The House of David

"dawnbreak in the west"

Saturday, May 06, 2017

Reviewer-shopping at the New York Review of Books

Peter Brown at The New York Review of Books reviews Crucible of Islam. This is less a weighing of evidence and more a Eusebian hagiography. This critique was so a-critical I got suspicious of the critic they'd chosen.

One finds in here prose like Secure that we are in the hands of a master,let us think about the implications of the substantial gains to scholarship that Bowersock has brought us in this compressed masterpiece. Well, that's just your opinion, man. I had opinions too. Opinions with contrasting facts, or so I like to think. Brown makes much of an artistic Gospel being dated to the seventh century AD, as if it were a confirmation of the Lesser Hijra tale somehow; but all it confirms is that Axum was prominent at the (approximate) correct time... as any competent author of historical-fiction could also figure out.

Our critic Dr Brown is the Philip and Beulah Rollins Professor of History Emeritus at Princeton; his page is here. Most of us bookstore-trollers know Brown from his contribution to A History of Private Life, reissued and updated 1998. Brown had also delivered one of the first contributions to "late antiquity" in 1971 and 1989 - which I never did get around to reading.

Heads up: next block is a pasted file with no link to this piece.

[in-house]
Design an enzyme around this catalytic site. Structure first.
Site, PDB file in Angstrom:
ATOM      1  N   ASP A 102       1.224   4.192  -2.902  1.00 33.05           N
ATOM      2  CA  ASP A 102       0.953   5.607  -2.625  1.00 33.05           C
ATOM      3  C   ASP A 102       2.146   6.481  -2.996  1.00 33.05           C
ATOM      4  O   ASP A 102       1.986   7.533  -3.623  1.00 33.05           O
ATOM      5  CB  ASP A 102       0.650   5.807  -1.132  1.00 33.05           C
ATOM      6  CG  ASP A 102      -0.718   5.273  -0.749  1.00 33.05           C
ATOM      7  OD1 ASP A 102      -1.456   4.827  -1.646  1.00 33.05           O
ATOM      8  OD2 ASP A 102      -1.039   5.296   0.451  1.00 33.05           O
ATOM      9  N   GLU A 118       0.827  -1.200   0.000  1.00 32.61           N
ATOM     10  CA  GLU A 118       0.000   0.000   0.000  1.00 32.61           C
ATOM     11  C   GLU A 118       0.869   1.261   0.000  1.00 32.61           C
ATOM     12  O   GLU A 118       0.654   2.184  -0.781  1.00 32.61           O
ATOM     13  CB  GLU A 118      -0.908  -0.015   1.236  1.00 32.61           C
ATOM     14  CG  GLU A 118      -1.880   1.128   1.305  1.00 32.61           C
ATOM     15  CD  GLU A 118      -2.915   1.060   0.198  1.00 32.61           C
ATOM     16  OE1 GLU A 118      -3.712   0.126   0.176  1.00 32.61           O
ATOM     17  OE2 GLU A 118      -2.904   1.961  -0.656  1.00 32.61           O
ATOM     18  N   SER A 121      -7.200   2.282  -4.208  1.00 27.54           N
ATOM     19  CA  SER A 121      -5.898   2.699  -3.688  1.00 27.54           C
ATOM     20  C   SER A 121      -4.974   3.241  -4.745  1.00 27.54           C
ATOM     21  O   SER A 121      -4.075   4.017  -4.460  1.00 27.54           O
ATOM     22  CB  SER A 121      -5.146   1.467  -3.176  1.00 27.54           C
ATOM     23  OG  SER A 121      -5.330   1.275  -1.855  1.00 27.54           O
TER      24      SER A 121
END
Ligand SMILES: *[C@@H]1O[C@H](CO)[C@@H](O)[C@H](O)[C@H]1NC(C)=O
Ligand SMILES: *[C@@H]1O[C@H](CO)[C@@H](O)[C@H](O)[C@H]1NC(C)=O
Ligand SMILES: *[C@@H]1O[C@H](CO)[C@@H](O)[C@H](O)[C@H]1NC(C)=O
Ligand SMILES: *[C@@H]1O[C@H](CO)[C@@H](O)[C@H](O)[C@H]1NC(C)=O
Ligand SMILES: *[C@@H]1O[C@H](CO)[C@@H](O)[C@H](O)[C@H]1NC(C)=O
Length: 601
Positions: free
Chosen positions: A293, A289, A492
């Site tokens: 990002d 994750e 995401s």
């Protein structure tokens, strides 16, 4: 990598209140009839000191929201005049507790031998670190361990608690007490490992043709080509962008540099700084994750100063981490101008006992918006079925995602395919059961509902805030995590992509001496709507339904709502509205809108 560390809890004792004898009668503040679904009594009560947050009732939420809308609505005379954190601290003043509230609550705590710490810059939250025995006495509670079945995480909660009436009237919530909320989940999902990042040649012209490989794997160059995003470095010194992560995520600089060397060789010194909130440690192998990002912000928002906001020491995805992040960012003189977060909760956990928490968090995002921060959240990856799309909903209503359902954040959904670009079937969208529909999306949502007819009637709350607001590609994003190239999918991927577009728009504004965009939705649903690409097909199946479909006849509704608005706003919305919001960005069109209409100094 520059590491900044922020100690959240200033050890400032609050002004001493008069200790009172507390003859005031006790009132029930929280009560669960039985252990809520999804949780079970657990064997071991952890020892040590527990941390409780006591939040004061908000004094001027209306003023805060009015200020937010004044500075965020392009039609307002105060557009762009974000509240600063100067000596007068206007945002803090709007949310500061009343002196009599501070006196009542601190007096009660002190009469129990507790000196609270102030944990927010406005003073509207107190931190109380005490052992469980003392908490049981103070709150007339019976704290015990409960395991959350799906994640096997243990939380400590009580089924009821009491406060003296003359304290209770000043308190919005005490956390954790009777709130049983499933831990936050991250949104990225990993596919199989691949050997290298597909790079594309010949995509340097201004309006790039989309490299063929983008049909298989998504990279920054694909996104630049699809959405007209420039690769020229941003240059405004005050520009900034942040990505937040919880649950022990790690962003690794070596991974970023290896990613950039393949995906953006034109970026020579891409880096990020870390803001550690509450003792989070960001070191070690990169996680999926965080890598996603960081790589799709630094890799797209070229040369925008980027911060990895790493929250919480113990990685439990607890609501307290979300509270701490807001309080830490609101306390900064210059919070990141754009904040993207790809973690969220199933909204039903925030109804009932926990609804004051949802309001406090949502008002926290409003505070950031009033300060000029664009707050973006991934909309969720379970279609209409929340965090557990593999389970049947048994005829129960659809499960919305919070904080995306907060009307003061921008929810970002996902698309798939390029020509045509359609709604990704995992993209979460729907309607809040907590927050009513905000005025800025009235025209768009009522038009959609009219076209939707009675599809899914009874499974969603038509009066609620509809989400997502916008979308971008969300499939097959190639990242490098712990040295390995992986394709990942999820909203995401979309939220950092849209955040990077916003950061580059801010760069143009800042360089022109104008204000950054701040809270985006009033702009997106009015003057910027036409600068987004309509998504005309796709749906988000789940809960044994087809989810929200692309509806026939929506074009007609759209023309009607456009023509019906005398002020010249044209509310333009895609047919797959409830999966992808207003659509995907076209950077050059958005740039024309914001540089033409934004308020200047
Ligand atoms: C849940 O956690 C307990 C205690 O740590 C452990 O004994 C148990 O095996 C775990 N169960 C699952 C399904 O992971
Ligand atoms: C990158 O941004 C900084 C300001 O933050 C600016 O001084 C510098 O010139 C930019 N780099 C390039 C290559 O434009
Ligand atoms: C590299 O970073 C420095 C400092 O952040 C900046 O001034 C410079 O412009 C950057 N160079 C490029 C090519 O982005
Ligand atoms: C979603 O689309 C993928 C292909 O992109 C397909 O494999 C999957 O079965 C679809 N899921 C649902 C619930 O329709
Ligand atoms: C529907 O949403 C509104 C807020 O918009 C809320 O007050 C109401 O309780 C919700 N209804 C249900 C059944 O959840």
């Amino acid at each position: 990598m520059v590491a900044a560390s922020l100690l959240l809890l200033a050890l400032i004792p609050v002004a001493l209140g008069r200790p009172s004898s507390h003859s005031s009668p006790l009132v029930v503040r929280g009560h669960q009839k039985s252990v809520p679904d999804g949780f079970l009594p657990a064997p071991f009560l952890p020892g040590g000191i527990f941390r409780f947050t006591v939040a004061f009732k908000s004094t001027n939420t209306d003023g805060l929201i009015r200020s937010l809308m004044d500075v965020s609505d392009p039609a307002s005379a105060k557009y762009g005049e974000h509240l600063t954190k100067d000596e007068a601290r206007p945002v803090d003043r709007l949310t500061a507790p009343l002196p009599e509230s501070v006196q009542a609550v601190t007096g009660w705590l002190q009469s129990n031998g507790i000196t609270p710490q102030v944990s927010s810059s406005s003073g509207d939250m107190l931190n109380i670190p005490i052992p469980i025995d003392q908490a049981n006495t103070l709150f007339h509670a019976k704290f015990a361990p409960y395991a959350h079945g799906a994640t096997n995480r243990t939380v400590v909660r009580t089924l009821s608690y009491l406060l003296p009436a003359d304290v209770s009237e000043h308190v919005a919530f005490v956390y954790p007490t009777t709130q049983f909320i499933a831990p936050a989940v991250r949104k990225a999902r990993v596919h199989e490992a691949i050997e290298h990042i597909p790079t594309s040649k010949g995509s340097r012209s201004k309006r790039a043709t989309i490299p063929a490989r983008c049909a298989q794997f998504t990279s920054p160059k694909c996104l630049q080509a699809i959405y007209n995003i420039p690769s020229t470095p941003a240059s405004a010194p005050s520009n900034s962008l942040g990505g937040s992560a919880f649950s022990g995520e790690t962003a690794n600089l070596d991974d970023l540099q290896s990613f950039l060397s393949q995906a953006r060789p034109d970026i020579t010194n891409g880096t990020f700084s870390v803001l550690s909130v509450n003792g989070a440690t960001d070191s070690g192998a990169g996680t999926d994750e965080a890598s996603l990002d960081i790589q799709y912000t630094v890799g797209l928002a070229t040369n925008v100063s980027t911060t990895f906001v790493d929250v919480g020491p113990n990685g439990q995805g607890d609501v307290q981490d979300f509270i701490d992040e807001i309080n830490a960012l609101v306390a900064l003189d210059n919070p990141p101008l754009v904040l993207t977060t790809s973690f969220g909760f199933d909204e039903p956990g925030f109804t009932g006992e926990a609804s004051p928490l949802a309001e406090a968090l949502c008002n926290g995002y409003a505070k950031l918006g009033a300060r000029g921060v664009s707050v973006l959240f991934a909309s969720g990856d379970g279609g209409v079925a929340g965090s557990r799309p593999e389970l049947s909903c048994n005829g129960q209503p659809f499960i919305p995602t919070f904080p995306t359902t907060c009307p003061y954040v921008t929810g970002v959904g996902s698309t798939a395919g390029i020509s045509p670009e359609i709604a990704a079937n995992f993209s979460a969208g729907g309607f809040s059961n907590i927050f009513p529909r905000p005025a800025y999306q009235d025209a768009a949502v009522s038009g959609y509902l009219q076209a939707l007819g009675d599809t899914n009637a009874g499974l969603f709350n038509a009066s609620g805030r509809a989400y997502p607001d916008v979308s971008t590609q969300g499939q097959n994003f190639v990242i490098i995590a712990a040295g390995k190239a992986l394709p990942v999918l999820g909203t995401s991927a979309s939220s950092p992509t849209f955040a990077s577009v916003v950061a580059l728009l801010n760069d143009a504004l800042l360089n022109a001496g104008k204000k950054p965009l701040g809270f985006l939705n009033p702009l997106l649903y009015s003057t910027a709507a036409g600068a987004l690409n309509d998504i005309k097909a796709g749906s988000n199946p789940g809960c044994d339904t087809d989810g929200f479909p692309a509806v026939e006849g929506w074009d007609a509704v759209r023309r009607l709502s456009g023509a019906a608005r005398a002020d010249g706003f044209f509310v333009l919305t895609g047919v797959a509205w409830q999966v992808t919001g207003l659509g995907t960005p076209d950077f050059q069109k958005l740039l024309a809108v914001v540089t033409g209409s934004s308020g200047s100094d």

My teacher in these matters thought more of Averil Cameron. As far as pre-Islamic Arabia goes, I don't recall Brown as ever an authority. How about assigning these review tasks to Philip Wood? Brown reviewing Bowersock amounts to one member of an older generation giving a content-free thumbs-up to another.

I was trying to figure out what Brown's point was, and ended up here:

Bowersock’s book shows, with unflinching scholarship, how these incompatibilities—many of them long­standing—had been thrown together in the age of Muhammad and his successors in the crucible of Islam. They are perilous incompatibilities. How each generation handles them is a test of its humanity. In recent times, alas, few generations have passed this test. But we have to keep on trying. To get the beginning of the story right is part of this effort. For this reason, we must be grateful to Bowersock for giving us, at this time, a masterpiece of the historian’s craft.

So, on the assumption that Bowersock got the story right, we are living in a similar time of cultural ferment, which is testing our humanity. COEXIST!

(So that explains NYRoB's choice of dinosaur.)

Although I wonder if Distant-Mirror theory is the message Brown, the NYRoB, and even Bowersock want to send. If they be right that the Muhammadan Sira be accurate, then we're not living in the world of Robert Spencer's Did Muhammad Exist?. What a relief - we're, er, living in the world of Spencer's The Truth About Muhammad. And the hadi we get to lead us out of this wilderness will likely be of a similar character.


posted by Zimri on 09:53 | link | 0 comments

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